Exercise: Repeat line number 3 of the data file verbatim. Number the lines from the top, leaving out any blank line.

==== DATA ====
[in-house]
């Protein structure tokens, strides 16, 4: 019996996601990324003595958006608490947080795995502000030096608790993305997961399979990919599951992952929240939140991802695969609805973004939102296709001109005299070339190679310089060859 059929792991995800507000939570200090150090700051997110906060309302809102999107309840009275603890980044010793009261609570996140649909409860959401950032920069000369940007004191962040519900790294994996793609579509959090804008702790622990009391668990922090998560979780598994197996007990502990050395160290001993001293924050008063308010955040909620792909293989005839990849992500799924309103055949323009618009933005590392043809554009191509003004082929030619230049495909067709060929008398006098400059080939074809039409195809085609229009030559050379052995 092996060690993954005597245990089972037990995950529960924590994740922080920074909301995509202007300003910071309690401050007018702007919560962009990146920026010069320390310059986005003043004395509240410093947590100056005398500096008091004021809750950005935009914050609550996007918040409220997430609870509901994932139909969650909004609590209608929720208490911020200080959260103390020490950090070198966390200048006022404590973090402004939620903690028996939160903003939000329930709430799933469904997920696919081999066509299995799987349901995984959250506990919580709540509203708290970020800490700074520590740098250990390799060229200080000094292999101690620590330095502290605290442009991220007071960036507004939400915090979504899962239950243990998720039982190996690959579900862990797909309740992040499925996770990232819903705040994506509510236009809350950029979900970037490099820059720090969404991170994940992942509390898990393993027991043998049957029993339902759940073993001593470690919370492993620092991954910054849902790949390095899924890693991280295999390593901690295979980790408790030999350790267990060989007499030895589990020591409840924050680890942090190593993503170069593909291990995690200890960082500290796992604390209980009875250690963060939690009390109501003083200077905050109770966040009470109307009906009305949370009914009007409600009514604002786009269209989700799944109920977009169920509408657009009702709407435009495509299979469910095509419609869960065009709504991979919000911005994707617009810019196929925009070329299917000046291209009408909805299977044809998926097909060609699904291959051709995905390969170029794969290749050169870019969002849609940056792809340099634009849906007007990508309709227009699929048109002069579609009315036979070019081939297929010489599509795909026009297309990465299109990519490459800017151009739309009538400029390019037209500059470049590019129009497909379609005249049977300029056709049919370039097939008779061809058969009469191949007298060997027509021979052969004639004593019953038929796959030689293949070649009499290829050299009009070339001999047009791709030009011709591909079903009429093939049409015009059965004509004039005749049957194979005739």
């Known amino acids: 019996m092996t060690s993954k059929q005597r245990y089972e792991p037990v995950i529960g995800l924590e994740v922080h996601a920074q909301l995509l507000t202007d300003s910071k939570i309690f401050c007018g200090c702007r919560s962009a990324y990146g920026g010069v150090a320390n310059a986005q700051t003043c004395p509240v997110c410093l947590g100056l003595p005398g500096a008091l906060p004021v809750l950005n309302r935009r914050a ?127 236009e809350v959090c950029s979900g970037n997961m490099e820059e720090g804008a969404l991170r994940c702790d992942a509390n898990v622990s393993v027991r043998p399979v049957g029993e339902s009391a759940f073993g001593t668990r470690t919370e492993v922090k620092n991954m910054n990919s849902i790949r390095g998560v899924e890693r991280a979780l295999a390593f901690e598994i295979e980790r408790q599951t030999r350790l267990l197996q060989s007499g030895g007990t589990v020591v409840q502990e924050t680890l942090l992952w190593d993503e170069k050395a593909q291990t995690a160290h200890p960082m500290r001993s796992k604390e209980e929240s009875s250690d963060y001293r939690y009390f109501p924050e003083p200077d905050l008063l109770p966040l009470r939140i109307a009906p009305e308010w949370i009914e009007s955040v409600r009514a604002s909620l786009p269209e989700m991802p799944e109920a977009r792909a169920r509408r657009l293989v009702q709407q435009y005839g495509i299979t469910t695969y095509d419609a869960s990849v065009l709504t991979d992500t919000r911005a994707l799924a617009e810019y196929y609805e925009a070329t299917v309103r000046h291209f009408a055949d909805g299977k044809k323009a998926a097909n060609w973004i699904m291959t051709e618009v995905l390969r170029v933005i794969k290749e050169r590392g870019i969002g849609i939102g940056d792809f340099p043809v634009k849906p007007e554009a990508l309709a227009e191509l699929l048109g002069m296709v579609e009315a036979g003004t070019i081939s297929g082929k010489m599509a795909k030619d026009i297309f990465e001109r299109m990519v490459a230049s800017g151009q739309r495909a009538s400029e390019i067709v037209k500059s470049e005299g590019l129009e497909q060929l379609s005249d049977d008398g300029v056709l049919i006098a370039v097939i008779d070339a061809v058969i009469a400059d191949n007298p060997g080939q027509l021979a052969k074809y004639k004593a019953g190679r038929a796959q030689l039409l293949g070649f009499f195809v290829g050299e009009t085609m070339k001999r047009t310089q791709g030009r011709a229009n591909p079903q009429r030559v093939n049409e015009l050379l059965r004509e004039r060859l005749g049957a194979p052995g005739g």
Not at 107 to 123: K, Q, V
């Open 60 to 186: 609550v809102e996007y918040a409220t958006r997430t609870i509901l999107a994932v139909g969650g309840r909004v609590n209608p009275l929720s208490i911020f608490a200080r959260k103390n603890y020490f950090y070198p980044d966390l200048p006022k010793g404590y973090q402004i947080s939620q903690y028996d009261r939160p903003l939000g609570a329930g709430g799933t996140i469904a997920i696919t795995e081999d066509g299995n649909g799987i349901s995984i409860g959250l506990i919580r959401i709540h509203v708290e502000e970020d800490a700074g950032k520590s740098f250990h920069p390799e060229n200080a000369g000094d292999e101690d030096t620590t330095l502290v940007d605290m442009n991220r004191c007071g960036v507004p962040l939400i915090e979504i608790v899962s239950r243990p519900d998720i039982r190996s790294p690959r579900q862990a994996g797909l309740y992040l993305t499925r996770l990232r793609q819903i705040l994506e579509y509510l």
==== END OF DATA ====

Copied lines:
């Known amino acids: 019996m092996t060690s993954k059929q005597r245990y089972e792991p037990v995950i529960g995800l924590e994740v922080h996601a920074q909301l995509l507000t202007d300003s910071k939570i309690f401050c007018g200090c702007r919560s962009a990324y990146g920026g010069v150090a320390n310059a986005q700051t003043c004395p509240v997110c410093l947590g100056l003595p005398g500096a008091l906060p004021v809750l950005n309302r935009r914050a ?127 236009e809350v959090c950029s979900g970037n997961m490099e820059e720090g804008a969404l991170r994940c702790d992942a509390n898990v622990s393993v027991r043998p399979v049957g029993e339902s009391a759940f073993g001593t668990r470690t919370e492993v922090k620092n991954m910054n990919s849902i790949r390095g998560v899924e890693r991280a979780l295999a390593f901690e598994i295979e980790r408790q599951t030999r350790l267990l197996q060989s007499g030895g007990t589990v020591v409840q502990e924050t680890l942090l992952w190593d993503e170069k050395a593909q291990t995690a160290h200890p960082m500290r001993s796992k604390e209980e929240s009875s250690d963060y001293r939690y009390f109501p924050e003083p200077d905050l008063l109770p966040l009470r939140i109307a009906p009305e308010w949370i009914e009007s955040v409600r009514a604002s909620l786009p269209e989700m991802p799944e109920a977009r792909a169920r509408r657009l293989v009702q709407q435009y005839g495509i299979t469910t695969y095509d419609a869960s990849v065009l709504t991979d992500t919000r911005a994707l799924a617009e810019y196929y609805e925009a070329t299917v309103r000046h291209f009408a055949d909805g299977k044809k323009a998926a097909n060609w973004i699904m291959t051709e618009v995905l390969r170029v933005i794969k290749e050169r590392g870019i969002g849609i939102g940056d792809f340099p043809v634009k849906p007007e554009a990508l309709a227009e191509l699929l048109g002069m296709v579609e009315a036979g003004t070019i081939s297929g082929k010489m599509a795909k030619d026009i297309f990465e001109r299109m990519v490459a230049s800017g151009q739309r495909a009538s400029e390019i067709v037209k500059s470049e005299g590019l129009e497909q060929l379609s005249d049977d008398g300029v056709l049919i006098a370039v097939i008779d070339a061809v058969i009469a400059d191949n007298p060997g080939q027509l021979a052969k074809y004639k004593a019953g190679r038929a796959q030689l039409l293949g070649f009499f195809v290829g050299e009009t085609m070339k001999r047009t310089q791709g030009r011709a229009n591909p079903q009429r030559v093939n049409e015009l050379l059965r004509e004039r060859l005749g049957a194979p052995g005739g």